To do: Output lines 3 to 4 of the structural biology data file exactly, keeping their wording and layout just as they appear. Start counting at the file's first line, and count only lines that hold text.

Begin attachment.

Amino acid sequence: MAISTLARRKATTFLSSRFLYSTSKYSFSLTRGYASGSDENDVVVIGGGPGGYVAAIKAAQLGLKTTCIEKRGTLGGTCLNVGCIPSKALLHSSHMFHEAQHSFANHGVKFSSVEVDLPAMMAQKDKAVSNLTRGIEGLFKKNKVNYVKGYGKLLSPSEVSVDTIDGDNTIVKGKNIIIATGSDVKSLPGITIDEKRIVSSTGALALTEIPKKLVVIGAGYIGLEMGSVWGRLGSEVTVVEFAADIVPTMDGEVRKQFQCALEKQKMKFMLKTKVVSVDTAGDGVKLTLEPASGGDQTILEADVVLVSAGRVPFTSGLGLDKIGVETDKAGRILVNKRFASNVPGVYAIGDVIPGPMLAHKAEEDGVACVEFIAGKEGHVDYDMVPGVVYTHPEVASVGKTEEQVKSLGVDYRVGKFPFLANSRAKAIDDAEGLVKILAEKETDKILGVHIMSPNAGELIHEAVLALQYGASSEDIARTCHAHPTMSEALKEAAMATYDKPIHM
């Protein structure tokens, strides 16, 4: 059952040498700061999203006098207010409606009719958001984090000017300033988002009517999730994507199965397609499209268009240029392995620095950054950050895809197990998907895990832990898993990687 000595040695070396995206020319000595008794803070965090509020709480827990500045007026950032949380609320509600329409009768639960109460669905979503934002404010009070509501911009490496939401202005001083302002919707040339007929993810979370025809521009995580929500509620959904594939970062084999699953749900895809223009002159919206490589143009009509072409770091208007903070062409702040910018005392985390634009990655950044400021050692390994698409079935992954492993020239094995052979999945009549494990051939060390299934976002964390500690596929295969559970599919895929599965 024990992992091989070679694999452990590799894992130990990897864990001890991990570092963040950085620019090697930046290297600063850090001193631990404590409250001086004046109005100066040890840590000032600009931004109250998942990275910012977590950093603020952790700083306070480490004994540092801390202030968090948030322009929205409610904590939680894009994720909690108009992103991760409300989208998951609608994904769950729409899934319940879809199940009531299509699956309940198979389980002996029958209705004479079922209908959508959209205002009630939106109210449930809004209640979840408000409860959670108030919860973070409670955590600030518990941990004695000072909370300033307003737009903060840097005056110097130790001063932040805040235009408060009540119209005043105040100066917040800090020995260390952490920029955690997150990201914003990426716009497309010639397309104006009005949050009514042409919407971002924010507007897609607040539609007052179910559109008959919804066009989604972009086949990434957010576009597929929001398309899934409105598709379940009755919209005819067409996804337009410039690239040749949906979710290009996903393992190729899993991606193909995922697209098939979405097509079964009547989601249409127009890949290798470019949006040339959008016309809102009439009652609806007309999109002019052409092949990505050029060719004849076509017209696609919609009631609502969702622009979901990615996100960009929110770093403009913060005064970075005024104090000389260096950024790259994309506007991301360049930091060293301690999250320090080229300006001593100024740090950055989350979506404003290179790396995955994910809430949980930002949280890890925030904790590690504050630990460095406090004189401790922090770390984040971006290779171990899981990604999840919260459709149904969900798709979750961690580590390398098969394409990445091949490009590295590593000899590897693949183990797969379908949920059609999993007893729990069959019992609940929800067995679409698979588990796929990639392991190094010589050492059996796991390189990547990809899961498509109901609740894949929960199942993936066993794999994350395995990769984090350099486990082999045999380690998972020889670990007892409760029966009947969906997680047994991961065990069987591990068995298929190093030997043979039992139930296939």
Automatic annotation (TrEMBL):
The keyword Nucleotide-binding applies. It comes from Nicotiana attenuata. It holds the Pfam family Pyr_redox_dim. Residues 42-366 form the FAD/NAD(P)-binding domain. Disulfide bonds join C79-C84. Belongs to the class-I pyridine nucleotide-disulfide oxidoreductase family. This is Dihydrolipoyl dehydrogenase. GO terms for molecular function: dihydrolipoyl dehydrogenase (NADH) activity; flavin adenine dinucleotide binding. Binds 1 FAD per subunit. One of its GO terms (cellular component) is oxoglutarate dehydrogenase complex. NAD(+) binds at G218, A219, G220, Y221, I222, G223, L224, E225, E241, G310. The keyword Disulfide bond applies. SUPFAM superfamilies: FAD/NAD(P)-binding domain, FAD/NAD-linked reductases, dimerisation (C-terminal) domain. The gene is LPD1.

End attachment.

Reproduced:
Automatic annotation (TrEMBL):
The keyword Nucleotide-binding applies. It comes from Nicotiana attenuata. It holds the Pfam family Pyr_redox_dim. Residues 42-366 form the FAD/NAD(P)-binding domain. Disulfide bonds join C79-C84. Belongs to the class-I pyridine nucleotide-disulfide oxidoreductase family. This is Dihydrolipoyl dehydrogenase. GO terms for molecular function: dihydrolipoyl dehydrogenase (NADH) activity; flavin adenine dinucleotide binding. Binds 1 FAD per subunit. One of its GO terms (cellular component) is oxoglutarate dehydrogenase complex. NAD(+) binds at G218, A219, G220, Y221, I222, G223, L224, E225, E241, G310. The keyword Disulfide bond applies. SUPFAM superfamilies: FAD/NAD(P)-binding domain, FAD/NAD-linked reductases, dimerisation (C-terminal) domain. The gene is LPD1.